Breastfeeding, Language and Privilege

August 14, 2008

A post at Well this week about a new breastfeeding study provides several lessons in language and privilege — and it also serves as a reminder of the importance of collective action.

The study, published in the August issue of the Journal of Human Lactation, found that while three-quarters of new mothers try breastfeeding, only 36 percent of babies are breastfed through six months. The recommendation from the American Academy of Pediatrics is to breastfeed exclusively for six months, with continued breastfeeding for one year or more. WHO recommends continuing for two years or more.

Despite those recommendations, the United States famously lags behind other countries in providing much-needed support for nursing mothers. Factors include the absence of breastfeeding training and support after hospital discharge; the high percentage of hospitals handing out free infant formula samples; the lack of paid maternity leave (only 51 percent of new mothers receive any paid maternity leave, and even among companies considered the best for working mothers [PDF], the statistics aren’t good); and the difficulties women encounter upon returning to work, including a lack of time and privacy to express milk in a safe, clean environment.

One of the first commenters on the Well post described her own experience:

I can tell you why breast feeding drops off before 6 months: Women have to work! As I type, I’m hooked up to a beast pump in my nice office with a locking door. It would not be possible for me to breastfeed if I didn’t have these small perks.

As a prosecutor, I’ve had to make some sacrifices to continue to breastfeed my daughter. For example, I can’t take any cases to trial because I can’t be away from my office for an entire day. Luckily, I have a supportive work environment.

I don’t know what one of my secretaries would do if she wanted to breastfeed. They are all stuck in cubicle land. […]

Which prompted this response a few comments later:

Perhaps the prosecutor – and other women with the privileges and perks she cites – ought to stand up for the secretaries and others who don’t have those perks. Rather than wondering what those in cubicle land would do, she might ask those women what they do, and what the workplace as a whole could do to support them. There must be some space that could be used periodically by any woman needing to pump, and advocating for that would be a nice way for the poster, or anyone else (male or female!) to support working mothers. […]

The commenter makes a great point, but really it’s the responsibility of all of us to advocate for these changes. Here’s another comment from a mother whose workplace seems to offer the ideal supportive environment that should be available to all women:

After returning to work when he was 3 months, I pumped three times a day in my work place’s “Mom’s rooms” which were a couple of small rooms in different buildings where we could plug in our pumps and store milk if needed in a fridge. Now 10 years later, we have more rooms and also company provided hospital grade pumps so Moms can just bring their own attachments instead of carting around the pump. I know being able to pump at work was a huge factor in me staying in the work force and not quitting to stay home. […]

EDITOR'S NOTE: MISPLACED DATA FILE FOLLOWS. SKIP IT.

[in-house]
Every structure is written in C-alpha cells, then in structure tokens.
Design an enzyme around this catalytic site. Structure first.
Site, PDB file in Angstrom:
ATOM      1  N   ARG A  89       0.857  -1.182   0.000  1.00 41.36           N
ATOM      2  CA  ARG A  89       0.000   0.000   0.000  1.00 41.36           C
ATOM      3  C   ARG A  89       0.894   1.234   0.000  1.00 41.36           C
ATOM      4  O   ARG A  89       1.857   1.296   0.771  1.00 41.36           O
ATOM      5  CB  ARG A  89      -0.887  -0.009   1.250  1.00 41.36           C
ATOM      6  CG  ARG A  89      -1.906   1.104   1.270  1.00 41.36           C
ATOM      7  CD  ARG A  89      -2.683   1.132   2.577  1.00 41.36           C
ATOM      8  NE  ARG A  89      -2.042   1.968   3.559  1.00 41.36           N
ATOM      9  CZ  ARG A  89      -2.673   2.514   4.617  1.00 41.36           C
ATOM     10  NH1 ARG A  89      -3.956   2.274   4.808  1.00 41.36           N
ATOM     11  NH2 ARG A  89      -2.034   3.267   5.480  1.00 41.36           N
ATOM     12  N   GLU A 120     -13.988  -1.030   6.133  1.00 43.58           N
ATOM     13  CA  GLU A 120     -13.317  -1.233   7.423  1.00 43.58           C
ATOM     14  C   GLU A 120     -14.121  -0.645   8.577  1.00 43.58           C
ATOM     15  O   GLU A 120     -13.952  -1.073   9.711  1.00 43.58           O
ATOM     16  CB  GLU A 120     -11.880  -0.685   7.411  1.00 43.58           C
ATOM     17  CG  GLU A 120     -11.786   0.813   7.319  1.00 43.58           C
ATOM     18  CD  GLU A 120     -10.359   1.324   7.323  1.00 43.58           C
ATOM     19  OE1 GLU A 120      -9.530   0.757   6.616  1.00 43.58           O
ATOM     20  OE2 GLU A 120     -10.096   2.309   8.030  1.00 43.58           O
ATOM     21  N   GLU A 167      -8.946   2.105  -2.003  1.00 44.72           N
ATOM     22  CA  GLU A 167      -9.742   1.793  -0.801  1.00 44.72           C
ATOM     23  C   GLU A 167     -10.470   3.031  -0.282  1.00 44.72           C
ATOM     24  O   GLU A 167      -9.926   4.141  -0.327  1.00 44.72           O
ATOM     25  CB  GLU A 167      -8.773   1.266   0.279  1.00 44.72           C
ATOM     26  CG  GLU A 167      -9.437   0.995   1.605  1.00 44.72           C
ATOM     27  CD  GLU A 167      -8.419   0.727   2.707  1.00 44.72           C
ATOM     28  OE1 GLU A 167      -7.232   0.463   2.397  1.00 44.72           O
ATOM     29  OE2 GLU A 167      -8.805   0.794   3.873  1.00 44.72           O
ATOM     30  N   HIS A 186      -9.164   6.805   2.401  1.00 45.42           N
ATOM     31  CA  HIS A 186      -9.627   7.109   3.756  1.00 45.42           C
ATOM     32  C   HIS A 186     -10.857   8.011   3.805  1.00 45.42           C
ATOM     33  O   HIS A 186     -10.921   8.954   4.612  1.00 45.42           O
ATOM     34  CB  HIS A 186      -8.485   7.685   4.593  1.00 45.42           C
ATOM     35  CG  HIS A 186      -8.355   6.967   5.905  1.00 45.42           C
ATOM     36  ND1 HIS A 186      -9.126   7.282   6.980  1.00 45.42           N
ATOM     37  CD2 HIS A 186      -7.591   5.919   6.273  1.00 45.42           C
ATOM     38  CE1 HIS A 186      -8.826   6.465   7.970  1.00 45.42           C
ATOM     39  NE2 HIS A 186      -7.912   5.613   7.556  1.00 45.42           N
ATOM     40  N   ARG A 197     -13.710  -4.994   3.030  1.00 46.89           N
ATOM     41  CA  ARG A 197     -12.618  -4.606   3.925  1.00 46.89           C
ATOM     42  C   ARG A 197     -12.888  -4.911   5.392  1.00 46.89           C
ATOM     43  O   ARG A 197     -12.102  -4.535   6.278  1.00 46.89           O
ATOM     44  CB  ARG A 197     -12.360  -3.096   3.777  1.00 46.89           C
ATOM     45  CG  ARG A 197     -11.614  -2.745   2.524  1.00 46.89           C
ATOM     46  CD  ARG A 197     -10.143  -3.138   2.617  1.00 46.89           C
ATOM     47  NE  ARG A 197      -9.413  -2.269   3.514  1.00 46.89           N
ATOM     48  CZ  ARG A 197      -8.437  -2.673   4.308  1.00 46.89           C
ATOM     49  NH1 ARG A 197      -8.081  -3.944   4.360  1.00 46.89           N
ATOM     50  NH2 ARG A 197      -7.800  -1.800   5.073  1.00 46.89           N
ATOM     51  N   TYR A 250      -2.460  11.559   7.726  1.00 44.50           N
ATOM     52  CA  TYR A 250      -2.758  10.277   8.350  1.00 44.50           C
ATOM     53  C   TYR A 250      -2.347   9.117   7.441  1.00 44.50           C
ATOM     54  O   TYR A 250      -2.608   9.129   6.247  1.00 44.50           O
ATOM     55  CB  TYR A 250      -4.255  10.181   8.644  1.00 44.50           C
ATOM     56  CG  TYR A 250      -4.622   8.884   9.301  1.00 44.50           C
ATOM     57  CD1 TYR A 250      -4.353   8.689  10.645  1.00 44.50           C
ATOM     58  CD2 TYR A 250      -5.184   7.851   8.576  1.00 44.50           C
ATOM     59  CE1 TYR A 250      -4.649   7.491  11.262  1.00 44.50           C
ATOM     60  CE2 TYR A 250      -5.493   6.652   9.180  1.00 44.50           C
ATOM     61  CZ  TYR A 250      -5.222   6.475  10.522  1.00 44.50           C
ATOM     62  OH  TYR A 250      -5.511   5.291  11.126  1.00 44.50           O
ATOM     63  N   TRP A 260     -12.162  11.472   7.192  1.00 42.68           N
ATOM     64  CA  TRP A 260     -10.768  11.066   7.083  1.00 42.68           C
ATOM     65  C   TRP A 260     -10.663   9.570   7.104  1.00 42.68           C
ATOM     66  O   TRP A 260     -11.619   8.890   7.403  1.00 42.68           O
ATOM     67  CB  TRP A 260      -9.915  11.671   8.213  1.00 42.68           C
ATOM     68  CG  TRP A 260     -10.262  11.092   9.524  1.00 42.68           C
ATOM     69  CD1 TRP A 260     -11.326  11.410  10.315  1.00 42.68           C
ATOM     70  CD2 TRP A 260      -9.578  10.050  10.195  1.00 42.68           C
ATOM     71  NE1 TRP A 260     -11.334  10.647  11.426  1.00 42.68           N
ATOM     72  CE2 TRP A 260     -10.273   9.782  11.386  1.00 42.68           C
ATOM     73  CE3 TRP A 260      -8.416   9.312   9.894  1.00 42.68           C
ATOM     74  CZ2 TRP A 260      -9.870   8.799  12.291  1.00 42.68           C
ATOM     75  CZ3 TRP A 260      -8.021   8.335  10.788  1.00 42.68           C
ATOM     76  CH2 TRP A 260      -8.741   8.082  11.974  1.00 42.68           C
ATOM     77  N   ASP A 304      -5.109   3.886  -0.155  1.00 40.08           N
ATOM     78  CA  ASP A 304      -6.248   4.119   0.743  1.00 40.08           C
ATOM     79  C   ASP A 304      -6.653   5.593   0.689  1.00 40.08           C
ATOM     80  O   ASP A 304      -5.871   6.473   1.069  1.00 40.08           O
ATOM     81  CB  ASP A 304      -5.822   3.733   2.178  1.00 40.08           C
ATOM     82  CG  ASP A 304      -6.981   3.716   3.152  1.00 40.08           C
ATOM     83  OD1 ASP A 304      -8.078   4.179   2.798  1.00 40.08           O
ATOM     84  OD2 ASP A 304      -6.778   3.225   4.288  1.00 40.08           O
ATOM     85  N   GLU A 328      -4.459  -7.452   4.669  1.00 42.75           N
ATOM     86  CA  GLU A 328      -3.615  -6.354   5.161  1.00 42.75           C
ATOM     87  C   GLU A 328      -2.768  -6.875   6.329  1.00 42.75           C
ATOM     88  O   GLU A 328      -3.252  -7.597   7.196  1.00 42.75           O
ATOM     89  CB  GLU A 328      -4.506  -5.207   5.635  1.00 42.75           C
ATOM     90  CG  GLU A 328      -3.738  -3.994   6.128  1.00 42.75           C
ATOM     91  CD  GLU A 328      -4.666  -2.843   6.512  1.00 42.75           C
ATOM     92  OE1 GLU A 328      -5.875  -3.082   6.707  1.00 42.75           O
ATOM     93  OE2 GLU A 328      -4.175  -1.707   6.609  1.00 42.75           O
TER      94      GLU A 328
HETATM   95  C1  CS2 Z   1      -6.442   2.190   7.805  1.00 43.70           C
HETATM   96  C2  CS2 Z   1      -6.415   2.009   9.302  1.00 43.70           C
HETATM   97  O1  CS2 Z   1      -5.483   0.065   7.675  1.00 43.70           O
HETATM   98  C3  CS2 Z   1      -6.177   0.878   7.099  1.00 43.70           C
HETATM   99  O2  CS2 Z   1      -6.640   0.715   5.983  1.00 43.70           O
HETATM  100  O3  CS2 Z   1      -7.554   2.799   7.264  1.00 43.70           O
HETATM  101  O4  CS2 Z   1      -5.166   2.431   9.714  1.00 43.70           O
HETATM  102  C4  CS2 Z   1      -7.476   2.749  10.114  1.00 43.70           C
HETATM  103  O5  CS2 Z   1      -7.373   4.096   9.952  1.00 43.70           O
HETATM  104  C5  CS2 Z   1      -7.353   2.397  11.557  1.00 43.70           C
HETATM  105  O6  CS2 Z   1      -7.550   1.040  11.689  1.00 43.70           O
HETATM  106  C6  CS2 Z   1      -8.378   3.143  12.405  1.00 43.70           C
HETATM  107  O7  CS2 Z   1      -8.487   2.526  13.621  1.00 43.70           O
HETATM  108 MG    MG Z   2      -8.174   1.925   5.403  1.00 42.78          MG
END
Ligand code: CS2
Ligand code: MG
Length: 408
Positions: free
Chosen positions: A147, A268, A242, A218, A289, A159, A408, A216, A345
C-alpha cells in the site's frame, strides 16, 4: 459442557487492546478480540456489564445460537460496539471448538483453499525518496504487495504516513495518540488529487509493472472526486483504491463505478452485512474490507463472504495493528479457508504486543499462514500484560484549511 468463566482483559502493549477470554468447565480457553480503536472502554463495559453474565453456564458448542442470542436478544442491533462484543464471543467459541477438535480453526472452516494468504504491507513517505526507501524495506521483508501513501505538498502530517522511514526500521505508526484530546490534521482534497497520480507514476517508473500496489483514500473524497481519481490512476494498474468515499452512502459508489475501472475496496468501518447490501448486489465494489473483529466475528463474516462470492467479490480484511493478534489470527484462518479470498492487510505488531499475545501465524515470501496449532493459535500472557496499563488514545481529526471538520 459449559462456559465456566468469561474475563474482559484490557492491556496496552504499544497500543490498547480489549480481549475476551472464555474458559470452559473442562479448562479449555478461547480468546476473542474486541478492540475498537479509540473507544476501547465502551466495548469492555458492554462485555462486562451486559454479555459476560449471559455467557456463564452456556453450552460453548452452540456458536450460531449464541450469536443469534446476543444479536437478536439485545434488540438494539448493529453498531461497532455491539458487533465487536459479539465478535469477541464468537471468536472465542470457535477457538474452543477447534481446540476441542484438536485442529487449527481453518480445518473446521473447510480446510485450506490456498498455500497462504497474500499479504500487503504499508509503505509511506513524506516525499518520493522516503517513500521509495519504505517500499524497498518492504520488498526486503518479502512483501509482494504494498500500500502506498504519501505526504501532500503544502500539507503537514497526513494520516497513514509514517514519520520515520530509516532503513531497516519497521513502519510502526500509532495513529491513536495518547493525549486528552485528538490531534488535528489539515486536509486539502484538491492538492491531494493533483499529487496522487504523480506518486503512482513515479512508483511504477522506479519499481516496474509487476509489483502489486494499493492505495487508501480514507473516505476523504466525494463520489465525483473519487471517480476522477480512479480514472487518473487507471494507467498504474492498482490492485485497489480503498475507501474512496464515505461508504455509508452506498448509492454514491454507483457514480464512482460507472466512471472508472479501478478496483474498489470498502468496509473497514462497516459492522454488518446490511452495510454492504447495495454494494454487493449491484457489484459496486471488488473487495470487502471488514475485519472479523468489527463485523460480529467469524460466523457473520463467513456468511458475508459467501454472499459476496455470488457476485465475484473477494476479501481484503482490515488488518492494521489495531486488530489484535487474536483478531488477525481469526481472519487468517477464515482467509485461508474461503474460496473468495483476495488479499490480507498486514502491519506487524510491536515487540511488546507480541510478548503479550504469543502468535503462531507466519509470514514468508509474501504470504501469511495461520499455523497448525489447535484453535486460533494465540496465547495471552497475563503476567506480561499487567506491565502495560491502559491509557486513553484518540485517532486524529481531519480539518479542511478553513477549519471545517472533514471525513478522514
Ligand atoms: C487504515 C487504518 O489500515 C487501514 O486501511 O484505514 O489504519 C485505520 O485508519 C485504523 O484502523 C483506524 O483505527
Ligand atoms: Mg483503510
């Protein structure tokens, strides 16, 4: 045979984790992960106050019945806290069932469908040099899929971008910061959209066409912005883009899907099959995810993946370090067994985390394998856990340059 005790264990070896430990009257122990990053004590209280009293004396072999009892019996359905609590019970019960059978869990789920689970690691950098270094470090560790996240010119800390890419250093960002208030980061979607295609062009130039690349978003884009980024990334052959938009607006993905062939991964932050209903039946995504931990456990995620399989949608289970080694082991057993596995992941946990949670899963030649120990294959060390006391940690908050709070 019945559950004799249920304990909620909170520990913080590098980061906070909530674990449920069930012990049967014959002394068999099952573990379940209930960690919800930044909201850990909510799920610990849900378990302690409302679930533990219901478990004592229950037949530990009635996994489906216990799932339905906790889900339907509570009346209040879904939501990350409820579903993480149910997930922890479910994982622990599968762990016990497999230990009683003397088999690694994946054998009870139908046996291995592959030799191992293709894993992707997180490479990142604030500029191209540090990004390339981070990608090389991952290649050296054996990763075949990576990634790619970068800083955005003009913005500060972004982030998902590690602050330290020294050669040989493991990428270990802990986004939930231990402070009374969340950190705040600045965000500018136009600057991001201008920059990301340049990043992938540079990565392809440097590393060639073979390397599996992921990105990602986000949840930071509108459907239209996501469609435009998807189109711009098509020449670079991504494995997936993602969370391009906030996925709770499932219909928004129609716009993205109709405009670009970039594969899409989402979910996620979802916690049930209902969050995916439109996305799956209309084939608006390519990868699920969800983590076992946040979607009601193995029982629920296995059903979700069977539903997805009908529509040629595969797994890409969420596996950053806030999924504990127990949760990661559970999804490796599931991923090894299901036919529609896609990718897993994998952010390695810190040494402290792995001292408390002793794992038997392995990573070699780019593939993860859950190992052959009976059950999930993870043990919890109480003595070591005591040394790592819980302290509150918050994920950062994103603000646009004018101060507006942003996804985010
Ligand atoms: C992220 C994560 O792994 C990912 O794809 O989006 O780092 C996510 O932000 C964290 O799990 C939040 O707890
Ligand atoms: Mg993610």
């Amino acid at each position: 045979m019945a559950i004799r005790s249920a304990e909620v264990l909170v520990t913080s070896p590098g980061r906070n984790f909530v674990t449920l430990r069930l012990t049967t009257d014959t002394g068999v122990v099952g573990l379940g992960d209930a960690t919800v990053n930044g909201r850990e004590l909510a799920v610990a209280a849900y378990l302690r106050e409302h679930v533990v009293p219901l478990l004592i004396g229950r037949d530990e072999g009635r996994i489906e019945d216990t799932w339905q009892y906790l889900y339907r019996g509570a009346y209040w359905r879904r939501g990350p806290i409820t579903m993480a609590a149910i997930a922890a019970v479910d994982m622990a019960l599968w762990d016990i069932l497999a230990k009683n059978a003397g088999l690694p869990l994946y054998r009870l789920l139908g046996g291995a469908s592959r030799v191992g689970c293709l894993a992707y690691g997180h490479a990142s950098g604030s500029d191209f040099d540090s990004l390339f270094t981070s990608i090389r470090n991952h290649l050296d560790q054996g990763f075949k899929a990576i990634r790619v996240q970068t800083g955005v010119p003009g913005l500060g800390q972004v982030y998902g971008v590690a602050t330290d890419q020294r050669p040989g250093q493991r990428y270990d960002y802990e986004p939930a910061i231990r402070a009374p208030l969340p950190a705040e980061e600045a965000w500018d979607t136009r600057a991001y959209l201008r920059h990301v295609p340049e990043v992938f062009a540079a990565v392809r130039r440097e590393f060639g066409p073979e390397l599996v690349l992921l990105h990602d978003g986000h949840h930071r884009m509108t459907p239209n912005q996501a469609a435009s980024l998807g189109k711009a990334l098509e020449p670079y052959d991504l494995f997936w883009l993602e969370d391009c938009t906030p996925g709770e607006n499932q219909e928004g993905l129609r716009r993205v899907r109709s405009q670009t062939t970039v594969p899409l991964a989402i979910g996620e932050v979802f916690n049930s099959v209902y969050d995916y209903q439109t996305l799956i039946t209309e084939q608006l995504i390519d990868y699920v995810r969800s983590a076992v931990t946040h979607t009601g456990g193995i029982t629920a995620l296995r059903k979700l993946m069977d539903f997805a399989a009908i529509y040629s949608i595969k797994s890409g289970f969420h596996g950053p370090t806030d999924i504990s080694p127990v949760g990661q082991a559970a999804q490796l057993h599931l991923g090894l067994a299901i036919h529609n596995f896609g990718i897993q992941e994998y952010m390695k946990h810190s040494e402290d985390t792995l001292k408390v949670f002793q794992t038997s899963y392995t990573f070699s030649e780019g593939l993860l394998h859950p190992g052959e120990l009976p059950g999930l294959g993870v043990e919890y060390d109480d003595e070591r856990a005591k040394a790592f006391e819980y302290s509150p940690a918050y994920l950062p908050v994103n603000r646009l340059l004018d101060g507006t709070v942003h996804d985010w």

This amenity is available to all workers at our location – both manufacturing technicians in our plants and office (we only have cubes) employees. I will say, it took a lot of work to pump, deal with the bottles, skip outside lunches etc but it was worth it to me and my family. Meeting other Moms who were also pumping was another factor in sticking with it, so now I try to give this info to any new Moms in my group. I try to be non-judgemental when I mention this, just letting them know what is out there and thats its possible.

A number of commenters also took issue with the headline of the post: “Most Moms Give Up on Breastfeeding.” I think this response best sums up the critique:

“Giving up” definitely implies failure by the person doing the giving up — and yes, how you express the fact of abbreviated nursing periods DOES matter, a great deal.

Blame for the failure should be shared by many overlapping systems (and, of course, in some cases, the particular families involved). But when the problem is expressed in terms that frame it as a matter of personal, individual responsibility, the solutions to the problem end up focusing on improving individual behavior.

Even though the evidence of the benefits of avoiding artificial feeding continues to accumulate, we fail SYSTEMICALLY to allow all women and children to enjoy these benefits. So yes, some families “give up”. But this article isn’t about a few individual women or families who choose badly, it’s about the many hurdles faced by breastfeeding women in this country.

If you’re looking for a place to get started, Moms Rising has a statement you can sign in support of the Breastfeeding Promotion Act, which was introduced by Rep. Carolyn Maloney (D-N.Y.) in 2007 and now seems stuck. These are the major provisions:

• amends the Civil Rights Act of 1964 to protect breastfeeding women from being fired or discriminated against in the workplace

• provides tax incentives for businesses that establish private, lactation areas in the workplace

• provides for a performance standard for breast pumps

• allows breastfeeding equipment to be tax deductible for families

Rachel has more details about the bill here (along with a smart quibble!). And check out more campaigns sponsored by Moms Rising concerning family leave, health care and fair pay.

Plus: For anyone interested in the history of campaigns to increase breastfeeding rates, I came across this interesting article in the American Journal of Public Health that describes infant feeding practices and public health campaigns in the early 20th and 21st centuries.

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